Experts share tips to lower risk of shark encounters

SANTA ROSA BEACH, Fla. (WMBB) — The risk is never zero, but there are things you can learn and do to lower your risk of a shark encounter when visiting Walton County beaches.

Following 3 shark bite victims on Friday, June 7, experts are weighing in on bull shark patterns along the Panhandle.

“They’re one of the most abundant sharks. By no means does it mean that we have too many of them,” said Hannah Medd, lead scientist at the American Shark Conservancy. “They’re pretty much everywhere because they can handle salt, brackish and a little bit of freshwater. They’re actually able to be in all sorts of aquatic ecosystems and habitats.”

With warmer gulf temperatures, bull sharks will be closer to shore due to bait fish moving to more shallow water.  

“The movement patterns are usually determined by their mating season and prey. So how they’re going to find each other for mating, and then how are they going to feed? And so a lot of the times that’s driven by things like temperature and prey availability. So in the areas like the Panhandle during this time of the year, bait fish, which is part of their natural diet, come in a little bit shallower,” Medd said. “They’re more prevalent in the area and so therefore, the predators, which are bull sharks, might be coming in and using that same area, which unfortunately overlaps where humans like to use the area as well.”

Medd said if bull sharks are in feeding mode they will check things out that could register as an injured animal or fish. 

“It’s pretty well documented that humans are not on the menu. We’re not a natural prey item,” Medd said.

“But of course, it’s the perfect conditions for mistaken identity, meaning the visibility might be low because you’re on the inside of one of the sandbars and it’s all churned up. If the sharks are moving from east to west and they’re feeding that way and they’re all in kind of feeding mode, anything that looks like something good to eat, they’re going to try,” Medd said.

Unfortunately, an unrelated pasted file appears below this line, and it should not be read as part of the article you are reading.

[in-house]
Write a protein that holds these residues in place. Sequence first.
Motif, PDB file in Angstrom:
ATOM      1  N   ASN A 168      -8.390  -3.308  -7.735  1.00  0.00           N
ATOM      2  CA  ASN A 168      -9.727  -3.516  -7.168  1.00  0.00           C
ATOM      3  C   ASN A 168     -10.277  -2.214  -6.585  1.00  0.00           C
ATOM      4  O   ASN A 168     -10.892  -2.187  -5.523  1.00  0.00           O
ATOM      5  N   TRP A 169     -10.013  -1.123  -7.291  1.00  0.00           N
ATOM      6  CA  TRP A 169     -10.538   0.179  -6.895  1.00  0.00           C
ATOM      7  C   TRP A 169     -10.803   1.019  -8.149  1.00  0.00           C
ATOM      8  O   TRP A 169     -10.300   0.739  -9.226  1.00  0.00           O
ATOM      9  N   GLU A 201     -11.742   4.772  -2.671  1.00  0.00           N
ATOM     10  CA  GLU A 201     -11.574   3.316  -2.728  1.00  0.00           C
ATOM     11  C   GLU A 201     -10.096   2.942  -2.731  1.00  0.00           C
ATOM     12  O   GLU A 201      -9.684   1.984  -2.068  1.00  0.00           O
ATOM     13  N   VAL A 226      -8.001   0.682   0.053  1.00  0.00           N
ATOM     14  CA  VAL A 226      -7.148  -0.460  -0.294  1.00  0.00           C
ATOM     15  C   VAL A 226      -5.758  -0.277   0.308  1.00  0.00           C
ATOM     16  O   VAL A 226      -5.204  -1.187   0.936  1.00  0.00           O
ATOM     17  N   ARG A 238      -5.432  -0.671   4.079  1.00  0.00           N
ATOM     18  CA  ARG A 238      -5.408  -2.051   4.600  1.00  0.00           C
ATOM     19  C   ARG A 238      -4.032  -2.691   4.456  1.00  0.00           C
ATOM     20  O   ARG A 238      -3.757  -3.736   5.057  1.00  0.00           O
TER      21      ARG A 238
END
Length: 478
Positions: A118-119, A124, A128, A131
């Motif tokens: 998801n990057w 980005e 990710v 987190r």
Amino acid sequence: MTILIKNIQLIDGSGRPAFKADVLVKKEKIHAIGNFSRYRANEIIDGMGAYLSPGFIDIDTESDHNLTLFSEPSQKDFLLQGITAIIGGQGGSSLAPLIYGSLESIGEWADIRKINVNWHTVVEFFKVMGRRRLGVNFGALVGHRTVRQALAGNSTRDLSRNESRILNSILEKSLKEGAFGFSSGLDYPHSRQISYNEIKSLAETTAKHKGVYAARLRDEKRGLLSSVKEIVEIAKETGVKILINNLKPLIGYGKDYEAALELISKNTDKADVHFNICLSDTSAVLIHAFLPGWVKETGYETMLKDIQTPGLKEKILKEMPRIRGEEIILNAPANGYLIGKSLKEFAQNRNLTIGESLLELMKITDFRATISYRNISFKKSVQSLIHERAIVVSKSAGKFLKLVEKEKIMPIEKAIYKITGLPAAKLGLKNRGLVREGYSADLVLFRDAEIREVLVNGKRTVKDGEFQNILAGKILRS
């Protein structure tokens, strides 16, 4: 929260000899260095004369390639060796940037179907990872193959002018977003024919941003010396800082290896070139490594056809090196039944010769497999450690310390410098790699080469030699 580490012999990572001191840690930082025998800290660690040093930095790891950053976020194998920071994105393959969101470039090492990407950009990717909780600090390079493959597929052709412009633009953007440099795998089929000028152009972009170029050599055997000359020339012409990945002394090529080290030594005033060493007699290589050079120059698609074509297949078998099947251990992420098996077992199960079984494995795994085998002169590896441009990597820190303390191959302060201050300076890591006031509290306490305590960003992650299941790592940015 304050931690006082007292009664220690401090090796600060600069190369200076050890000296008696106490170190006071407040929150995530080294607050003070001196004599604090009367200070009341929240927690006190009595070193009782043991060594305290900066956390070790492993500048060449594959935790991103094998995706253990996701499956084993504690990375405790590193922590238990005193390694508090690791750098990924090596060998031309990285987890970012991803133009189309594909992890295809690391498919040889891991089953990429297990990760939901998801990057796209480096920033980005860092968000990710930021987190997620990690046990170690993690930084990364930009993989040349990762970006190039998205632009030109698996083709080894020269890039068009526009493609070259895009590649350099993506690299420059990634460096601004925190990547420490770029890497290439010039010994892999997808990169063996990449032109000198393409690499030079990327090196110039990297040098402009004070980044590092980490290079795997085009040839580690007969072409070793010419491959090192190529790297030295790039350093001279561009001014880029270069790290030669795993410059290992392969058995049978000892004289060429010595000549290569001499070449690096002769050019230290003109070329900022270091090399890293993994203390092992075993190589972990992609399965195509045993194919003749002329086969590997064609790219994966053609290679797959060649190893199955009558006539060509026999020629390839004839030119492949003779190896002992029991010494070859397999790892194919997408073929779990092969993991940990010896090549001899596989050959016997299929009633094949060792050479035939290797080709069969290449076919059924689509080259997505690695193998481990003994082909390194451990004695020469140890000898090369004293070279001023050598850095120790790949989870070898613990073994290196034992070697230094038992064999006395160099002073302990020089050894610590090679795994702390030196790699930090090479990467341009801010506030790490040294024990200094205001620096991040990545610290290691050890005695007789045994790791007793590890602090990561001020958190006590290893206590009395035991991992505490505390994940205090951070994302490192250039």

However, without the option of using hands sharks tend to check things out by taking a bite. 

“We can give off some some smells that are familiar to their prey items. So, you know, they feel that heartbeat. They can tell if there’s some something living in the water,” Medd said. “Nine times out of ten, even more, it’s likely they’re going to be a bite and release because even through just biting us, it’s not the same as a fish. We’re not going to taste the same. We’re mammals. The body composition is going to be different.”

Two of the three victims suffered two bites each from suspected bull sharks. Something Medd said is extremely rare.

“If a shark is already in feeding mode and a hand just kind of grazes the top level of the water and there’s a flash of white that looks like a fish that’s spinning, it might take that bite and then most times they’re going to swim off after that,” Medd said. “However, in some very, very rare cases, something else has already triggered them. They’re at a level like nine of ten and they’re already amped up and ready to go. And so unfortunately, sometimes this can happen where they’ll come back for another bite to be like, ‘am I sure that’s not what I wanted to eat?'”

With the peak of the beach season ahead of us, both Medd and Marine Ecologist with Faller, Davis & Associates Brennan Wehrhahn have some tips to lower your risk for mistaken identity.

“It’s hard to tell someone how to swim, but be mindful about how you’re swimming. If you’re making erratic splashing noises on the surface, that triggers a response from predators. A lot of times that response is an instinct that can’t be controlled,” Wehrhahn said. “A shark isn’t going to necessarily go after a small fast swimming fish when there’s a larger injured fish, because that is less calories burned for more calories taken in. So when people, especially tourists are at the beach and you’re splashing on top of the water, you’re mimicking and giving off that same vibration as an injured animal.”

“If you ever see any kind of bait fish jumping up, get out of the water as fast as you can, calmly but quickly,” Medd said.

“When you’re coming to the beach, leave your jewelry at home,” Wehrhahn said. “Some of the lures we use for fishing is just a piece of shiny metal because it catches light, refracts light and mimics the movement of an injured fish.”

If you tend to float while at the beach, Medd and Wehrhahn said standing is safer than being on the surface.

“It’s one thing to be floating on top of the water in the shallow areas but once you drop off on that second sandbar and you start getting into the deeper water you could appear to just be a floating blob of meat, essentially,” Wehrhahn said.

“If you’re in water that is hip or waist deep and you’re standing vertically, if they’re swimming towards you they don’t know how much of you is behind you. You know it’s just your legs but to them, they’re coming straight at you so they’re not sure. It adds a question mark. Like, is that is that thing six feet long? They don’t know and they’ll probably most likely avoid it,” Medd said.

South Walton Fire District has been flying purple flags since the incidents Friday, signaling a threat of marine animals.

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